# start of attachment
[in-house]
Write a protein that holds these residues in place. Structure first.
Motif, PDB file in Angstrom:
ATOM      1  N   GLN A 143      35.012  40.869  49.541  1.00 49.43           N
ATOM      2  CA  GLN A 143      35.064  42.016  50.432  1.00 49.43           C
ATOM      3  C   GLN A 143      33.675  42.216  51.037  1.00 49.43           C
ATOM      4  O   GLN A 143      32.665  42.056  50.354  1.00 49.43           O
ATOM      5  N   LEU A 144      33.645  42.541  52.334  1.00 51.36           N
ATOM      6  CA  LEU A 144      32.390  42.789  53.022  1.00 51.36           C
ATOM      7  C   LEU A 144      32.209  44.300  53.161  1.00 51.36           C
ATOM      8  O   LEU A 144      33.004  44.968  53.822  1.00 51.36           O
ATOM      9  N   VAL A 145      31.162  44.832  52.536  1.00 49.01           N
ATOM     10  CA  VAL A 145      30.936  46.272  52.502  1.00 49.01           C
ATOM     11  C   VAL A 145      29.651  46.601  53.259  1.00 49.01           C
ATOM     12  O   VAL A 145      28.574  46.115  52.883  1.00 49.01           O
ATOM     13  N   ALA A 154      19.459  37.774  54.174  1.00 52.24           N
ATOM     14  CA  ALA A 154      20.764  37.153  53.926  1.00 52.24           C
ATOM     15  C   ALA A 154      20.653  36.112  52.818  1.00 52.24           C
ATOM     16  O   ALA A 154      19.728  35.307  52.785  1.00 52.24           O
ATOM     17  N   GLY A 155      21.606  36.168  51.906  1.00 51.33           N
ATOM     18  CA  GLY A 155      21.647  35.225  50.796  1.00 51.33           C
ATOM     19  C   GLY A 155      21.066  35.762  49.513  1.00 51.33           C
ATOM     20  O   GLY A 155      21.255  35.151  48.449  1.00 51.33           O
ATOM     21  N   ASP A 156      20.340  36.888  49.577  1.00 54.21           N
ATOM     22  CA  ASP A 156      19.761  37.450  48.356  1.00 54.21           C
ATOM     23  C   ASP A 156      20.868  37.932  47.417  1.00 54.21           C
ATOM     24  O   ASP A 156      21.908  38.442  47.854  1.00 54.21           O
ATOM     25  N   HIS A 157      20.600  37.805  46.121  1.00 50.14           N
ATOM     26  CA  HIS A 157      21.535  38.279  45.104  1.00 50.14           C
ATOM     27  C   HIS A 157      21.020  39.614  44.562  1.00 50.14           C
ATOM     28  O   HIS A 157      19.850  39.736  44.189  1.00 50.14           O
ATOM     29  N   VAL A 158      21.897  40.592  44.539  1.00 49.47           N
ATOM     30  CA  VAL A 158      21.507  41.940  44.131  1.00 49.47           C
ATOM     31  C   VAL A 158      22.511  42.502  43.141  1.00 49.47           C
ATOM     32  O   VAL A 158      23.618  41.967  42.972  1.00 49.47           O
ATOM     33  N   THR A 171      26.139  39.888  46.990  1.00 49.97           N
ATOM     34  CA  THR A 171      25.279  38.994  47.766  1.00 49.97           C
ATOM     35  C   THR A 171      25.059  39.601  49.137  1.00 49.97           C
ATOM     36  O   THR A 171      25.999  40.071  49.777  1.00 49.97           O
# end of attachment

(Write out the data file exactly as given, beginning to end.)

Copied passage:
[in-house]
Write a protein that holds these residues in place. Structure first.
Motif, PDB file in Angstrom:
ATOM      1  N   GLN A 143      35.012  40.869  49.541  1.00 49.43           N
ATOM      2  CA  GLN A 143      35.064  42.016  50.432  1.00 49.43           C
ATOM      3  C   GLN A 143      33.675  42.216  51.037  1.00 49.43           C
ATOM      4  O   GLN A 143      32.665  42.056  50.354  1.00 49.43           O
ATOM      5  N   LEU A 144      33.645  42.541  52.334  1.00 51.36           N
ATOM      6  CA  LEU A 144      32.390  42.789  53.022  1.00 51.36           C
ATOM      7  C   LEU A 144      32.209  44.300  53.161  1.00 51.36           C
ATOM      8  O   LEU A 144      33.004  44.968  53.822  1.00 51.36           O
ATOM      9  N   VAL A 145      31.162  44.832  52.536  1.00 49.01           N
ATOM     10  CA  VAL A 145      30.936  46.272  52.502  1.00 49.01           C
ATOM     11  C   VAL A 145      29.651  46.601  53.259  1.00 49.01           C
ATOM     12  O   VAL A 145      28.574  46.115  52.883  1.00 49.01           O
ATOM     13  N   ALA A 154      19.459  37.774  54.174  1.00 52.24           N
ATOM     14  CA  ALA A 154      20.764  37.153  53.926  1.00 52.24           C
ATOM     15  C   ALA A 154      20.653  36.112  52.818  1.00 52.24           C
ATOM     16  O   ALA A 154      19.728  35.307  52.785  1.00 52.24           O
ATOM     17  N   GLY A 155      21.606  36.168  51.906  1.00 51.33           N
ATOM     18  CA  GLY A 155      21.647  35.225  50.796  1.00 51.33           C
ATOM     19  C   GLY A 155      21.066  35.762  49.513  1.00 51.33           C
ATOM     20  O   GLY A 155      21.255  35.151  48.449  1.00 51.33           O
ATOM     21  N   ASP A 156      20.340  36.888  49.577  1.00 54.21           N
ATOM     22  CA  ASP A 156      19.761  37.450  48.356  1.00 54.21           C
ATOM     23  C   ASP A 156      20.868  37.932  47.417  1.00 54.21           C
ATOM     24  O   ASP A 156      21.908  38.442  47.854  1.00 54.21           O
ATOM     25  N   HIS A 157      20.600  37.805  46.121  1.00 50.14           N
ATOM     26  CA  HIS A 157      21.535  38.279  45.104  1.00 50.14           C
ATOM     27  C   HIS A 157      21.020  39.614  44.562  1.00 50.14           C
ATOM     28  O   HIS A 157      19.850  39.736  44.189  1.00 50.14           O
ATOM     29  N   VAL A 158      21.897  40.592  44.539  1.00 49.47           N
ATOM     30  CA  VAL A 158      21.507  41.940  44.131  1.00 49.47           C
ATOM     31  C   VAL A 158      22.511  42.502  43.141  1.00 49.47           C
ATOM     32  O   VAL A 158      23.618  41.967  42.972  1.00 49.47           O
ATOM     33  N   THR A 171      26.139  39.888  46.990  1.00 49.97           N
ATOM     34  CA  THR A 171      25.279  38.994  47.766  1.00 49.97           C
ATOM     35  C   THR A 171      25.059  39.601  49.137  1.00 49.97           C
ATOM     36  O   THR A 171      25.999  40.071  49.777  1.00 49.97           O